Section 2: Parties who have attempted to buy the club in recent years. The Athletic has held extensive conversations, both on the record and on background, with parties who have attempted to buy the club in recent years. The Athletic invite Hull to comment on any of the below points.
The owners continue to hold out for an offer higher than £30m, according to various sources, and as high as £46m, according to separate sources.
A takeover attempt came extremely close with the American businessman Peter Grieve in the summer of 2016.
Mr. Grieve attended the Wembley play-off final as a guest of the family and had made two prior agreements: one price in the event of a Hull win, and a different price in the event of a defeat. Despite subsequently raised demands, the proposed deal, including incentive, reached £130m.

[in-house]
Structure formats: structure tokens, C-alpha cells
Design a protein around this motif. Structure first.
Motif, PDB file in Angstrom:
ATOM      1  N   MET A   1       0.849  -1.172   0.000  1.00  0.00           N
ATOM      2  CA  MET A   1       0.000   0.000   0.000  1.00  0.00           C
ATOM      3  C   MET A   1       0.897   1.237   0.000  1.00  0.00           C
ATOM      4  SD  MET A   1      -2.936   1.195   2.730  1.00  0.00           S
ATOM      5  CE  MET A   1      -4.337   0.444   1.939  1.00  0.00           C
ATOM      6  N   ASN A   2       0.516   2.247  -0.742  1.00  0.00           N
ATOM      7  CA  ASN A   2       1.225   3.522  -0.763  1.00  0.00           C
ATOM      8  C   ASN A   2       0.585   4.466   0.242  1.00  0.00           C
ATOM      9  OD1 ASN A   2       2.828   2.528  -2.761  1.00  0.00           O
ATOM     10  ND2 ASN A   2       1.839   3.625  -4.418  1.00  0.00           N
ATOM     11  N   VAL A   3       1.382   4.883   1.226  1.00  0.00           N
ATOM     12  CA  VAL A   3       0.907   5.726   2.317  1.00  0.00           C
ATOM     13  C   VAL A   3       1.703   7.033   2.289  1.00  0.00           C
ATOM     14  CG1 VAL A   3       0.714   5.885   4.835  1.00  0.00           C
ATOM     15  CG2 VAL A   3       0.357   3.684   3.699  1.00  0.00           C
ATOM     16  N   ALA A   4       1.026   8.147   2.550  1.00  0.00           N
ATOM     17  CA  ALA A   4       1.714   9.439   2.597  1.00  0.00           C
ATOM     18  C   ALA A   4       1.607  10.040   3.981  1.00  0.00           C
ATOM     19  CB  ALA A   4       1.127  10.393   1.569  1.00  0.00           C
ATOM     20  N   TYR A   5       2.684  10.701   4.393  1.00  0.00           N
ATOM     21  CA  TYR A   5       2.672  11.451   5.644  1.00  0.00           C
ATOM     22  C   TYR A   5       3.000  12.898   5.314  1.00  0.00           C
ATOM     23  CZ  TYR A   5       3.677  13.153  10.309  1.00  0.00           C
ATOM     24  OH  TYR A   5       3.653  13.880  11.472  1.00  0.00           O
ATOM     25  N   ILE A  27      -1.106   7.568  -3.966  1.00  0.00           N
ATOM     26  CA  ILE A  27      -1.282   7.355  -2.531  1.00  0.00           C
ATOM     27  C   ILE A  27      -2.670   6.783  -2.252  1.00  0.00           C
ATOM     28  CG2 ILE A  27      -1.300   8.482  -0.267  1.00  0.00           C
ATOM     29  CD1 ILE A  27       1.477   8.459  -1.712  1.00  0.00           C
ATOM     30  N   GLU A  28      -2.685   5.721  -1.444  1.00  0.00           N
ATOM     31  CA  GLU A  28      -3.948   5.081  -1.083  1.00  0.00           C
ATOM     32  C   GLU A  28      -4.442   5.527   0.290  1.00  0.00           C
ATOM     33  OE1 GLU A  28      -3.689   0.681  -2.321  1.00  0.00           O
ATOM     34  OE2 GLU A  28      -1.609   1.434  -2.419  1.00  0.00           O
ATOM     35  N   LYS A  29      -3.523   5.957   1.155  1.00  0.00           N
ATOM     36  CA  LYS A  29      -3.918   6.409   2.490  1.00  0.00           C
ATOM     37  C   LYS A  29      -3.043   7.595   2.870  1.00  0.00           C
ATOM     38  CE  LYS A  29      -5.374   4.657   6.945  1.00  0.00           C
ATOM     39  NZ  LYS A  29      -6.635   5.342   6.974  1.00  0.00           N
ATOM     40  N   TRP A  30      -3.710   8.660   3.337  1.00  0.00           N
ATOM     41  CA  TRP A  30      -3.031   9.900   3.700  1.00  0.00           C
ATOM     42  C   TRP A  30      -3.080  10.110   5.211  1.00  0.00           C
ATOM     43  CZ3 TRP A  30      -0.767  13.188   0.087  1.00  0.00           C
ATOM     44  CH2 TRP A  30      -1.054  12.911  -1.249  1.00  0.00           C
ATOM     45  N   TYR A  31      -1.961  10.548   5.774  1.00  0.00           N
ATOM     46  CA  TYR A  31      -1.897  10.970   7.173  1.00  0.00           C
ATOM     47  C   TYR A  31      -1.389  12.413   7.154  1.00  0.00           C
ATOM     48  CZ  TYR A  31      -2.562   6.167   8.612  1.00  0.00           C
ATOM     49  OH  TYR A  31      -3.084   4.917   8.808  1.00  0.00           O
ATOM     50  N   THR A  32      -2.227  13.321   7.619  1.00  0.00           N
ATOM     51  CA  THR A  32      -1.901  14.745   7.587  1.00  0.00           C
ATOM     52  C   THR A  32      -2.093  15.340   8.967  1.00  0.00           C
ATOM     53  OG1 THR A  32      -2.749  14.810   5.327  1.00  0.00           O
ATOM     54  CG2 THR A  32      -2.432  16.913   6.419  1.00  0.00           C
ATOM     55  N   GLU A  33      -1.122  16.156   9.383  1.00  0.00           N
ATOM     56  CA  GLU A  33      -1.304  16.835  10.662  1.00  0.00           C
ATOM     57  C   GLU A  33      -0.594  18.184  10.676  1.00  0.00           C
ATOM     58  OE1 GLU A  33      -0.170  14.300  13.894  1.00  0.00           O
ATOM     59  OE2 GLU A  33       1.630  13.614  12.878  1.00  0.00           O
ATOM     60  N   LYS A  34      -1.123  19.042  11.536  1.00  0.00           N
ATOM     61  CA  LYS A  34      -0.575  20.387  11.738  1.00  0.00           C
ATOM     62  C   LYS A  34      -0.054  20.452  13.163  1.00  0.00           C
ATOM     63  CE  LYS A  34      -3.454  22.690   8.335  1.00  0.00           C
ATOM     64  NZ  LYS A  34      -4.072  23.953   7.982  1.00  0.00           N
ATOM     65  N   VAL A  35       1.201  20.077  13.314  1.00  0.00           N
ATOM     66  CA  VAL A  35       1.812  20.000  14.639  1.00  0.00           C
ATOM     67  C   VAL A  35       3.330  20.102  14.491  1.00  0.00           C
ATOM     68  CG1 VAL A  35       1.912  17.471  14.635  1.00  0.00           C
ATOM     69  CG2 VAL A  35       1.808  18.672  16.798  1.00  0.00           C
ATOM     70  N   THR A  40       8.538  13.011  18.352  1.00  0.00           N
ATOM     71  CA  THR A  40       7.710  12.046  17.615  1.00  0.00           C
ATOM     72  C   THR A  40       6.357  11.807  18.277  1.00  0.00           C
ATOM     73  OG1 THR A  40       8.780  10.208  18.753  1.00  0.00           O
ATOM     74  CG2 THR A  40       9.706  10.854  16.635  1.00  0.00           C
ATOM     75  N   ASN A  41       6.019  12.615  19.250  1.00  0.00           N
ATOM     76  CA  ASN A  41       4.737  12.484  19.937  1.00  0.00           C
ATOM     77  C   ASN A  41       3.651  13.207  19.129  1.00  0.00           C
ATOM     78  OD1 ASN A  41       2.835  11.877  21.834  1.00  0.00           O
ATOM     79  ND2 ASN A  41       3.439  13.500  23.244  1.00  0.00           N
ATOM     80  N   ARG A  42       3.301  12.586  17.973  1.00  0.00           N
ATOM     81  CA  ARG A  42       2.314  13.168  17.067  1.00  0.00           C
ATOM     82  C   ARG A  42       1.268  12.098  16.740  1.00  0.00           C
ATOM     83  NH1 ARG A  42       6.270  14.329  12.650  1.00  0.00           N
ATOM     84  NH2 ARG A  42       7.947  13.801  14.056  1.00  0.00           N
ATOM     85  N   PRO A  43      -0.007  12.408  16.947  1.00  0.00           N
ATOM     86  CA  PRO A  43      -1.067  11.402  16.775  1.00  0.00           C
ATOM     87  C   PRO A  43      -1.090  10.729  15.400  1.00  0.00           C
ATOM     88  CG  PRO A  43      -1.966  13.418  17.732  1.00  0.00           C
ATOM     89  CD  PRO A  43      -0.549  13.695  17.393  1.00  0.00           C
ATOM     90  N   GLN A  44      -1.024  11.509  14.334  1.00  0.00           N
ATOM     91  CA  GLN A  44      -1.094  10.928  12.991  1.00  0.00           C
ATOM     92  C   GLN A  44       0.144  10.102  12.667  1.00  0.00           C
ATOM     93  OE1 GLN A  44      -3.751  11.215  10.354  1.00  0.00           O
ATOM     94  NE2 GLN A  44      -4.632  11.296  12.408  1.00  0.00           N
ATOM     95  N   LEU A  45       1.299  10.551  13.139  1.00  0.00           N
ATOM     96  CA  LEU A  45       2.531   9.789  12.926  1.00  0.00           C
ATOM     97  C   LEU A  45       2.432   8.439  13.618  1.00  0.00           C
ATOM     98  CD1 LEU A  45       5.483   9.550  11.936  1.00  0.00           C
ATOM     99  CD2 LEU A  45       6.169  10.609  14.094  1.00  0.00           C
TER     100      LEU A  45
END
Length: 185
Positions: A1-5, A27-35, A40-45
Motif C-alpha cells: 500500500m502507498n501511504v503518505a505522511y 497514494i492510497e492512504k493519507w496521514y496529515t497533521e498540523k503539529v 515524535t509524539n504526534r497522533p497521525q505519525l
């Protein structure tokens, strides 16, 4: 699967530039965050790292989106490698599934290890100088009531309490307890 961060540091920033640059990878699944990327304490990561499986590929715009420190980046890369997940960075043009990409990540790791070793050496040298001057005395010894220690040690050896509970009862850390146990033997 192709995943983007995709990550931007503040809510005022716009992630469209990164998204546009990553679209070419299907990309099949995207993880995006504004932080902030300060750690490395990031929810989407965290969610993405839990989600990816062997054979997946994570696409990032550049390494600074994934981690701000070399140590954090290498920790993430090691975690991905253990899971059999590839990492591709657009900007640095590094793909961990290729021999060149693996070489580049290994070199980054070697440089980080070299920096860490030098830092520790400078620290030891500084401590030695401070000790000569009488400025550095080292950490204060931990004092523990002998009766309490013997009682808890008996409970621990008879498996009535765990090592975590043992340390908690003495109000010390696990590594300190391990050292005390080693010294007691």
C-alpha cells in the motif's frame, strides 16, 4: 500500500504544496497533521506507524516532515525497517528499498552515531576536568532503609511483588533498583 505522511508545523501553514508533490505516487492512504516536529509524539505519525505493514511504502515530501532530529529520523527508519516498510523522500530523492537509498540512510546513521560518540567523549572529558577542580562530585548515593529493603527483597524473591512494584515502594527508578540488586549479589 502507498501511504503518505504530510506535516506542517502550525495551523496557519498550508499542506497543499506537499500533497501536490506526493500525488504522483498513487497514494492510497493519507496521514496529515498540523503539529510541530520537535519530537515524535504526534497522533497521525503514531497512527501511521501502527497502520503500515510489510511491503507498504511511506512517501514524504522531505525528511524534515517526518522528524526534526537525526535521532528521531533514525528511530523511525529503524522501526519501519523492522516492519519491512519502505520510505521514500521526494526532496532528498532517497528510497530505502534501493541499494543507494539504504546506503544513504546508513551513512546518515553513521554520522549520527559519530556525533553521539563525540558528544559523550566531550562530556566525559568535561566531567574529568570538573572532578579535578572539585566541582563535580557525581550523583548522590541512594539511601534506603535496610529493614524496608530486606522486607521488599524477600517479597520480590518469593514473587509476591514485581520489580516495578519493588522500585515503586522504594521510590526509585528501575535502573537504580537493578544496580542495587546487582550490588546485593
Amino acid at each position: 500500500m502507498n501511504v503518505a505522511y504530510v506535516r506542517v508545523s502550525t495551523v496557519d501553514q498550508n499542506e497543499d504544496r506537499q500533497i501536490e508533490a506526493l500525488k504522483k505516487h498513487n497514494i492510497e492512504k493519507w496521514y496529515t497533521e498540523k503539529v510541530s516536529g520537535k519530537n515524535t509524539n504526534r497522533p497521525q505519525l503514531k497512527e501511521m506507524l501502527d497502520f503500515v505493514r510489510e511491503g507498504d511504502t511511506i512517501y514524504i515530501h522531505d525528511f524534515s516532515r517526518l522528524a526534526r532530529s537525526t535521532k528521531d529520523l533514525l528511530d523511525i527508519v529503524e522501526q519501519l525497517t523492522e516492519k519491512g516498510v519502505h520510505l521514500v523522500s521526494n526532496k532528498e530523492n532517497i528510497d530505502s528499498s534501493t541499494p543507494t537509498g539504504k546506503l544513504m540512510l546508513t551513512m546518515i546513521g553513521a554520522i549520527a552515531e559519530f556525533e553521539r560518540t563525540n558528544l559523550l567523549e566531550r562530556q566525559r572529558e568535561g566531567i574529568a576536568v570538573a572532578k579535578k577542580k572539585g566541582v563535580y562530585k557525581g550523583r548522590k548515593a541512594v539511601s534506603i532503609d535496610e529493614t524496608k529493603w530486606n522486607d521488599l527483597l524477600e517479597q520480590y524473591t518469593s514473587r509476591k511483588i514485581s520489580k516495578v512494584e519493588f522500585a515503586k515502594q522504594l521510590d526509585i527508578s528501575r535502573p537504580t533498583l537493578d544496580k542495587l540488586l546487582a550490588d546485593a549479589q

However, Ehab Allam failed to show for a meeting with Mr. Grieve in London in early June,
Grieve eventually withdrew after being quoted a new price to also buy the management company that runs the stadium. Ehab Allam failed to attend a scheduled meeting with Grieve at a London hotel at the beginning of June before the deal was revived in late June. Grieve eventually walked away after being quoted a separate price for the stadium management company, in addition to a proposed £130m deal for the club.